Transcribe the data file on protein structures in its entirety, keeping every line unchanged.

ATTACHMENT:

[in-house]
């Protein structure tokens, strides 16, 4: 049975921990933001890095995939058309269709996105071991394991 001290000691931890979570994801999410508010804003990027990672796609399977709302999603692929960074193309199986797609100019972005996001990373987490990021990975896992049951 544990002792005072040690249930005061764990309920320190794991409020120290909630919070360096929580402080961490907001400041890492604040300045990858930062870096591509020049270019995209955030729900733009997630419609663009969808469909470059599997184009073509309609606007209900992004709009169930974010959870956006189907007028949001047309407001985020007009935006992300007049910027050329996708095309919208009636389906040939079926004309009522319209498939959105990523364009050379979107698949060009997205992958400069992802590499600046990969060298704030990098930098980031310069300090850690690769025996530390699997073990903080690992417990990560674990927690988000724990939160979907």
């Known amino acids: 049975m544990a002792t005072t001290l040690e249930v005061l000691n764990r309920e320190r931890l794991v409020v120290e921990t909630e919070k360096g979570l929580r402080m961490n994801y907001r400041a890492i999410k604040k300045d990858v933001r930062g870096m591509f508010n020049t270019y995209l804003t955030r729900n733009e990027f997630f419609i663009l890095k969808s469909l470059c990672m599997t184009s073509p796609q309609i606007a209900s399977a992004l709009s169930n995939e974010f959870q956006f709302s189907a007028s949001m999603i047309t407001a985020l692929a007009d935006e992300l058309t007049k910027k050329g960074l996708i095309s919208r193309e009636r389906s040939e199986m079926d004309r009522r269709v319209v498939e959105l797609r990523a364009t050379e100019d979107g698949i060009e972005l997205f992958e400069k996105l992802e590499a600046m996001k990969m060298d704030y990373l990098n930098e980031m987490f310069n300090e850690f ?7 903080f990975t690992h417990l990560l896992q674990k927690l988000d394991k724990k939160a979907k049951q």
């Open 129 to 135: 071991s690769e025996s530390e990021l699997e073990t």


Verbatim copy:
[in-house]
């Protein structure tokens, strides 16, 4: 049975921990933001890095995939058309269709996105071991394991 001290000691931890979570994801999410508010804003990027990672796609399977709302999603692929960074193309199986797609100019972005996001990373987490990021990975896992049951 544990002792005072040690249930005061764990309920320190794991409020120290909630919070360096929580402080961490907001400041890492604040300045990858930062870096591509020049270019995209955030729900733009997630419609663009969808469909470059599997184009073509309609606007209900992004709009169930974010959870956006189907007028949001047309407001985020007009935006992300007049910027050329996708095309919208009636389906040939079926004309009522319209498939959105990523364009050379979107698949060009997205992958400069992802590499600046990969060298704030990098930098980031310069300090850690690769025996530390699997073990903080690992417990990560674990927690988000724990939160979907």
């Known amino acids: 049975m544990a002792t005072t001290l040690e249930v005061l000691n764990r309920e320190r931890l794991v409020v120290e921990t909630e919070k360096g979570l929580r402080m961490n994801y907001r400041a890492i999410k604040k300045d990858v933001r930062g870096m591509f508010n020049t270019y995209l804003t955030r729900n733009e990027f997630f419609i663009l890095k969808s469909l470059c990672m599997t184009s073509p796609q309609i606007a209900s399977a992004l709009s169930n995939e974010f959870q956006f709302s189907a007028s949001m999603i047309t407001a985020l692929a007009d935006e992300l058309t007049k910027k050329g960074l996708i095309s919208r193309e009636r389906s040939e199986m079926d004309r009522r269709v319209v498939e959105l797609r990523a364009t050379e100019d979107g698949i060009e972005l997205f992958e400069k996105l992802e590499a600046m996001k990969m060298d704030y990373l990098n930098e980031m987490f310069n300090e850690f ?7 903080f990975t690992h417990l990560l896992q674990k927690l988000d394991k724990k939160a979907k049951q």
């Open 129 to 135: 071991s690769e025996s530390e990021l699997e073990t």